2009’s Sherlock Holmes found unexpected synergy in the pairing of Robert Downey Jr.’s impish charm and Guy Ritchie’s macho kinetic visual style reinventing Sir Arthur Conan Doyle’s master detective for a modern blockbuster audience. The follow-up Sherlock Holmes: A Game of Shadows employs the same winning formula while adhering judiciously to the Law of Sequels and its more-more-more dictates: more action bigger set pieces higher stakes and a darker more convoluted plot. But more as so many past sequels have taught us is rarely better.
Game of Shadows marks the emergence of Doyle’s most famous villain James Moriarty (Jared Harris). Glimpsed only in darkness in the first film Moriarty takes center stage in the sequel as Holmes’s foremost criminal foil a genius-level university professor whose extracurricular interests range from horticulture to homicide. Holmes has deduced him to be at the center of a wave of terrorist bombings as well as the seemingly unrelated deaths of various titans of industry but can’t quite discern just what the professor’s endgame might be. Composed and calculating to a menacing degree Harris makes for a promising counterweight to Downey’s manic verbosity. But as in the first film Game of Shadows’ best moments are found in the comic interplay between Holmes and his reluctant sidekick Dr. Watson (Jude Law) who is plucked from his honeymoon to accompany the detective on a trans-continental trip in search of clues to Moriarty’s machinations.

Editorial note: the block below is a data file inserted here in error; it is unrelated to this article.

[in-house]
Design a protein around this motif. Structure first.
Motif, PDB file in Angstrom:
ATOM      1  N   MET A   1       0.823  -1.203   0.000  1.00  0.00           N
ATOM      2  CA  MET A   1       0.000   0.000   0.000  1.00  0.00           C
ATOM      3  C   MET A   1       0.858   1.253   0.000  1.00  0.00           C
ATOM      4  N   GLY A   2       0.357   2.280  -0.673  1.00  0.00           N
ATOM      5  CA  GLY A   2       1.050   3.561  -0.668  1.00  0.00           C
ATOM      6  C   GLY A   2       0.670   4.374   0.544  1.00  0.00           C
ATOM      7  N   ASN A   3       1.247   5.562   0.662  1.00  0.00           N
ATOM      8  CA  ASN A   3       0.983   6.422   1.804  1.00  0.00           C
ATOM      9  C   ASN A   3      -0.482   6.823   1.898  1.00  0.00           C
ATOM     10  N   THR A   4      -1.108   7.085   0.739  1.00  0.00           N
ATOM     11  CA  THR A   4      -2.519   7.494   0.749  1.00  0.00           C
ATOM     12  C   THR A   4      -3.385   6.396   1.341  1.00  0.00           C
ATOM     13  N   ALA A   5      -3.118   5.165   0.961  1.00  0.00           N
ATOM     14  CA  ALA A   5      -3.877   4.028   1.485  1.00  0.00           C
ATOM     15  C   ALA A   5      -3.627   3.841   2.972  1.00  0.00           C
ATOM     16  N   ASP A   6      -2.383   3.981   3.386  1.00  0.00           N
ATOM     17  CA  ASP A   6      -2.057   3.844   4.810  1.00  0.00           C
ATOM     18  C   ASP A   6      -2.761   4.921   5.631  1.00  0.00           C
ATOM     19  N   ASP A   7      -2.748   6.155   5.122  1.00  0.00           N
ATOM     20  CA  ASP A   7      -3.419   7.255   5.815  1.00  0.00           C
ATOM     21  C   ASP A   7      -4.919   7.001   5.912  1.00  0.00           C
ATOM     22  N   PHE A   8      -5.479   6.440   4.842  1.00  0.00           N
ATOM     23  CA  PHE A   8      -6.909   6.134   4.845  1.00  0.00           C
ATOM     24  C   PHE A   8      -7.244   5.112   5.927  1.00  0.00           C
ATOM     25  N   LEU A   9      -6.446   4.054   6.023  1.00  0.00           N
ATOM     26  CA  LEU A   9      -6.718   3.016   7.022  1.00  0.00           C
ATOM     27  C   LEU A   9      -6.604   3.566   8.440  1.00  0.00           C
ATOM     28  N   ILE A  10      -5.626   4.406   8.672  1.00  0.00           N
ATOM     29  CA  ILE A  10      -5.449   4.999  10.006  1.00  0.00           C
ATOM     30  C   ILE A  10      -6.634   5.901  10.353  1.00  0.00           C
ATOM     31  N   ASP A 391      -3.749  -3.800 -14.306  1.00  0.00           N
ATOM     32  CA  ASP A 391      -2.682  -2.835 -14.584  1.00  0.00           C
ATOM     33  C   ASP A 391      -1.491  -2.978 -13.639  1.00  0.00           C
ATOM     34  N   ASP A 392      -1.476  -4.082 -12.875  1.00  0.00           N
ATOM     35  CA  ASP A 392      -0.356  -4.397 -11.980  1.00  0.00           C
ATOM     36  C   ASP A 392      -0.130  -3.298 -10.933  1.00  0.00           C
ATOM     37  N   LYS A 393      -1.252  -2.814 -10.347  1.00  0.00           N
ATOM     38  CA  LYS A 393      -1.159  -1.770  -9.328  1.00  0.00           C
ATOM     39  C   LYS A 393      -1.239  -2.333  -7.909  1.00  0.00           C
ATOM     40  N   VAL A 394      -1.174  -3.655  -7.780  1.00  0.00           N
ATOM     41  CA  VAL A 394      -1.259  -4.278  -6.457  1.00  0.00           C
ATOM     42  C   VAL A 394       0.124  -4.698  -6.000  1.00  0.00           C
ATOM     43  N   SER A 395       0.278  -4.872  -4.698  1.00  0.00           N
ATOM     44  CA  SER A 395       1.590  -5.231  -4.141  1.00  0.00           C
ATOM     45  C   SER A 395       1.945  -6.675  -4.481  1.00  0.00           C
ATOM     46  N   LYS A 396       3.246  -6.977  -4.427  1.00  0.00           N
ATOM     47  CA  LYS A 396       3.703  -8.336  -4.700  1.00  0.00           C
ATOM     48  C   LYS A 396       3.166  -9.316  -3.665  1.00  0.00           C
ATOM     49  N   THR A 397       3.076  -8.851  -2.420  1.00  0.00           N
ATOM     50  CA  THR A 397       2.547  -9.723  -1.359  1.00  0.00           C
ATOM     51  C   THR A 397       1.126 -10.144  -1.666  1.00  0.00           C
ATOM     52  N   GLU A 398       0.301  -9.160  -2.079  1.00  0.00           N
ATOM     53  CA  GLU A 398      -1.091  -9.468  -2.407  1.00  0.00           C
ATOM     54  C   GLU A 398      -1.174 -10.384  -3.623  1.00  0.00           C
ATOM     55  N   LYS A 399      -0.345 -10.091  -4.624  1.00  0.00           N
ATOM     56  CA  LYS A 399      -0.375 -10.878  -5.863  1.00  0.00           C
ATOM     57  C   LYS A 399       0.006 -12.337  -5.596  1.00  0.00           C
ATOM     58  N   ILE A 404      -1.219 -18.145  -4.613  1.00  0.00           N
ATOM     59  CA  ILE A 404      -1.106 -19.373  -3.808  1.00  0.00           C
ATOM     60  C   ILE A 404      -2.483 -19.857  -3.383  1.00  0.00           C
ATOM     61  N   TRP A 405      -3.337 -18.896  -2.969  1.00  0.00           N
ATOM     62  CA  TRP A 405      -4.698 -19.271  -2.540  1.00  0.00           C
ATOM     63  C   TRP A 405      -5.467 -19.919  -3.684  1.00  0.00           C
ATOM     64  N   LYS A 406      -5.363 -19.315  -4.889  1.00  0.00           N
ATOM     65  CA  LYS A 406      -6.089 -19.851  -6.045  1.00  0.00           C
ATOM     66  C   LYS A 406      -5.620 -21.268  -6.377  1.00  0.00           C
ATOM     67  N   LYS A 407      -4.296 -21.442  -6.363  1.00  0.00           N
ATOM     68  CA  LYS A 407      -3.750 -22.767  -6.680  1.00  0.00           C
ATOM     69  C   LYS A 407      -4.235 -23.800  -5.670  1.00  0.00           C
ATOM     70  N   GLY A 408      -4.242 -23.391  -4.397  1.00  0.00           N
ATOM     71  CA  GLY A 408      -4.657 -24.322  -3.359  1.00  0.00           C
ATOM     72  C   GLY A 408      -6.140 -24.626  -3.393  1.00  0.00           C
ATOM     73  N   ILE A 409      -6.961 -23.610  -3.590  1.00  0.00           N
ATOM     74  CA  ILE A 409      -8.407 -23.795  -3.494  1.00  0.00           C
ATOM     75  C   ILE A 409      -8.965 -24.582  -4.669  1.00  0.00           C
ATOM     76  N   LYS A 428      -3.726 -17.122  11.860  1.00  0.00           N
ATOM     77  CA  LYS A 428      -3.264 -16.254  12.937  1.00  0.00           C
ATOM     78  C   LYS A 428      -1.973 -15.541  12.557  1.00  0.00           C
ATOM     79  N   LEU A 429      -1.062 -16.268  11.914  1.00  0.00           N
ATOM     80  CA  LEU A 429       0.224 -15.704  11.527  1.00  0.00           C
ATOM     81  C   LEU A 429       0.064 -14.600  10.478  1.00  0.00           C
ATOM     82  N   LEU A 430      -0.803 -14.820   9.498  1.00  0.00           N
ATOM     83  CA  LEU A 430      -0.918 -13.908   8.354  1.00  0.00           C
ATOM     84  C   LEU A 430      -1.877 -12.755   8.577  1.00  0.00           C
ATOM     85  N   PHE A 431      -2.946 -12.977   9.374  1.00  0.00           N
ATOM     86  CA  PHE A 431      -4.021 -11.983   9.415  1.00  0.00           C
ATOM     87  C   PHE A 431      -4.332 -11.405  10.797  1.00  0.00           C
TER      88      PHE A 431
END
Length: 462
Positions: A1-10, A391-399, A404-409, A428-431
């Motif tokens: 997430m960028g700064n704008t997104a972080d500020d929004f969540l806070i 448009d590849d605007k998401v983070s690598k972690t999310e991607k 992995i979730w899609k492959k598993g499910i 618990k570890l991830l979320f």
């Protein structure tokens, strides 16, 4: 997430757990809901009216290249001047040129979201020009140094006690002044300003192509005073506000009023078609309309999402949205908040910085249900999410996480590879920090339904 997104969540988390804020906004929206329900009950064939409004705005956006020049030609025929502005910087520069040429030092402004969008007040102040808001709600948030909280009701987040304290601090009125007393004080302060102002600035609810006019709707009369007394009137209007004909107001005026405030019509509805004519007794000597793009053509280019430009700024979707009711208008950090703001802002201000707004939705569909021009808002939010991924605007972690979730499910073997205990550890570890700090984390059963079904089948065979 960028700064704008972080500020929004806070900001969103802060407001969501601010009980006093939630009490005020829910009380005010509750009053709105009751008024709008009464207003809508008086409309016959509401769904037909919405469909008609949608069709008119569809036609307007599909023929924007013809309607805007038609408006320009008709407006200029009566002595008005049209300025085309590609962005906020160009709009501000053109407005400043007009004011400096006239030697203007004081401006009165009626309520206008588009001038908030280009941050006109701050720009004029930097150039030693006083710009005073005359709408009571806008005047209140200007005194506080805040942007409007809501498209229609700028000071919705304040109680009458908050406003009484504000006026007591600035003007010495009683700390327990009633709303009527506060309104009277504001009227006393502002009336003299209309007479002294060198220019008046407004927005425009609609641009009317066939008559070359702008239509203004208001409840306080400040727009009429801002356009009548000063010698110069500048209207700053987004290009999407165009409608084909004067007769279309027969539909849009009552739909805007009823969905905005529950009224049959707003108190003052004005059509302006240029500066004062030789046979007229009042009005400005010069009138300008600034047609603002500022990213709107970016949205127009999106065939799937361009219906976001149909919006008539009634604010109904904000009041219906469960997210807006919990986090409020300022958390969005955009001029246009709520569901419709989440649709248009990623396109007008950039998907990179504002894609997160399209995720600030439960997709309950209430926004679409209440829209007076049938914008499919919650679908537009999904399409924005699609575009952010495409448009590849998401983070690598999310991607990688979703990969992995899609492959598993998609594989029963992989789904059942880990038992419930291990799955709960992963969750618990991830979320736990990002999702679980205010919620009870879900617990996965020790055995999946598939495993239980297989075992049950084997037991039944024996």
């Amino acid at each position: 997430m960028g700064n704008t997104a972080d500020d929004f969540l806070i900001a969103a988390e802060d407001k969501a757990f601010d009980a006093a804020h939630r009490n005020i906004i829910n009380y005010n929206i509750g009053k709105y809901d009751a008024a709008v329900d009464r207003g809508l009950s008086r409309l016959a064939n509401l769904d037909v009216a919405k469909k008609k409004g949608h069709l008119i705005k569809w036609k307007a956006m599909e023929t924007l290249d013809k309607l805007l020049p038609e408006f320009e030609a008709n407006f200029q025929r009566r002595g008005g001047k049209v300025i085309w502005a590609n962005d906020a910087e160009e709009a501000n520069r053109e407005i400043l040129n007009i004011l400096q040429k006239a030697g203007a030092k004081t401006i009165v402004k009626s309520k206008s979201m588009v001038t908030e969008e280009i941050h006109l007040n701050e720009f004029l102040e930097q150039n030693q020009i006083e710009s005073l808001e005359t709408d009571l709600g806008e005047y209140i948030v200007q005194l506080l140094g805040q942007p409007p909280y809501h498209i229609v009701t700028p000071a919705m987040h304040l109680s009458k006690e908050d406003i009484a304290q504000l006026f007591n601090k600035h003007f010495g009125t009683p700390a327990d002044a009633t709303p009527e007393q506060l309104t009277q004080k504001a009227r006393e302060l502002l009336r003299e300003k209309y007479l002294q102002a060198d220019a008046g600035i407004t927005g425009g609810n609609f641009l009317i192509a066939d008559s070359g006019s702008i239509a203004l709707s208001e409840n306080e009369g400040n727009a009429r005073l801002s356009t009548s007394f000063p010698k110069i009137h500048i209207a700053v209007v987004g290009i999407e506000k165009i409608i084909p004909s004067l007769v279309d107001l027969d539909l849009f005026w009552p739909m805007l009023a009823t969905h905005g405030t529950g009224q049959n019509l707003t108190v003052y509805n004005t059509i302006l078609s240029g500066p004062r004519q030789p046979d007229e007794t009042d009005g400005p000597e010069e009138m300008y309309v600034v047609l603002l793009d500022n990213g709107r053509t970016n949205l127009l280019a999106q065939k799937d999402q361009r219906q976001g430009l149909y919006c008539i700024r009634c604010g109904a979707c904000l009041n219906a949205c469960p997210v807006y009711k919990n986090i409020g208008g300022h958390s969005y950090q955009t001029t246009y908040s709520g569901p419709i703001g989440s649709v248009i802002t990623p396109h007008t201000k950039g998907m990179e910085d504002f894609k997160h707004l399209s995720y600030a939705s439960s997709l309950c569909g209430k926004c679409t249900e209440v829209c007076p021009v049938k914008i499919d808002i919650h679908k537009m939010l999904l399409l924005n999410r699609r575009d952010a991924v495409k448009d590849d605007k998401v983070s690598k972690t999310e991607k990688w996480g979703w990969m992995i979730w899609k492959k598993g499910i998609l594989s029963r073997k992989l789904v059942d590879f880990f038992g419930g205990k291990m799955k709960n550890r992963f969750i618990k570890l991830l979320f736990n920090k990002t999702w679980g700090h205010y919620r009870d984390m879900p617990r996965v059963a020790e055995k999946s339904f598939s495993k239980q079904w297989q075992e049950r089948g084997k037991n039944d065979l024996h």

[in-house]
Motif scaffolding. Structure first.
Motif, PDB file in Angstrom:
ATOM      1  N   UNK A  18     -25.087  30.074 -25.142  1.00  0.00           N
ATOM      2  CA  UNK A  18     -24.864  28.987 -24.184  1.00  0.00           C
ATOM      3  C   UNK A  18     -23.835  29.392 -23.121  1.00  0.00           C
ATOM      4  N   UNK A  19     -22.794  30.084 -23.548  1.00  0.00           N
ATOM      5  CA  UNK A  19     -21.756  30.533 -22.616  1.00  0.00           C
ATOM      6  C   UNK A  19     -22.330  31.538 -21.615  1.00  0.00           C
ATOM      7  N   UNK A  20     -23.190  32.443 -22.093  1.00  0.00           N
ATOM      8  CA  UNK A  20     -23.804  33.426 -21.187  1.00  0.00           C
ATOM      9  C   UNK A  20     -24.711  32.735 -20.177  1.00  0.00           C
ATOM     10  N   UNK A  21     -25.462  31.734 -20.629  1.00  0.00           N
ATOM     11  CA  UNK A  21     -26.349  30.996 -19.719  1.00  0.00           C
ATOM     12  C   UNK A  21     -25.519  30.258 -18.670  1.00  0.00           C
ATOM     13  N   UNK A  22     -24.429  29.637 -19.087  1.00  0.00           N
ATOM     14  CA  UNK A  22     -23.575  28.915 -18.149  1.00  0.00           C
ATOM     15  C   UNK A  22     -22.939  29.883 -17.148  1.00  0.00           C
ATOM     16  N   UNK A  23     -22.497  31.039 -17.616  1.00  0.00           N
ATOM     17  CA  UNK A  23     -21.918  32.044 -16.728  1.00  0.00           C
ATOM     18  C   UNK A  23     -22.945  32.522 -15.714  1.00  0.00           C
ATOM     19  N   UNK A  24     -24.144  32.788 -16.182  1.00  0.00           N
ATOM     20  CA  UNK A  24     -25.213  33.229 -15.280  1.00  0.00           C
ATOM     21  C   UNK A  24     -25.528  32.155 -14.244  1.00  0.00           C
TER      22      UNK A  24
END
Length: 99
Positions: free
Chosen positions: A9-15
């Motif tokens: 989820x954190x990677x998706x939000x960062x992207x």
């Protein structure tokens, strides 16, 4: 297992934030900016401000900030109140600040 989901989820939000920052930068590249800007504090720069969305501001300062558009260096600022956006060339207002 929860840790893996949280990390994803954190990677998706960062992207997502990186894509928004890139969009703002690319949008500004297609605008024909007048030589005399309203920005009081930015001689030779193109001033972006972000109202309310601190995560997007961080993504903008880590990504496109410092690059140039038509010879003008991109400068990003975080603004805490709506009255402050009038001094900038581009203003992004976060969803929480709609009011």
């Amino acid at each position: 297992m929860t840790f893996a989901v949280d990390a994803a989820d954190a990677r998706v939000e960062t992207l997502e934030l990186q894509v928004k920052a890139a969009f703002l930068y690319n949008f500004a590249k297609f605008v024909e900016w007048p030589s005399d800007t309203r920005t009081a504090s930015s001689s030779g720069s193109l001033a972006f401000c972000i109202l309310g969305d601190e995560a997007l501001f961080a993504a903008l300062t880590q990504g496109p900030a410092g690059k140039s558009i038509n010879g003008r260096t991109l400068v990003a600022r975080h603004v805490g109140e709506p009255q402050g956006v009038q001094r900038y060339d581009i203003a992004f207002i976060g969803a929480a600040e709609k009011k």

And it’s very much a boys-only trip. The female leads from the first film Rachel McAdams and Kelly Reilly are tossed aside – literally in the case of the latter – in Game of Shadows while the cast’s highest-profile new addition Swedish star Noomi Rapace (best known as the original non-emaciated Lisbeth Salander) is a curious non-factor in the role of a Gypsy (or Roma if you prefer) fortune-teller. The film maintains only the slimmest pretense of a romantic subplot between her and Downey. Rapace looking perhaps a bit lost in her first English-speaking role can’t hope to eclipse the Holmes-Watson traveling road show.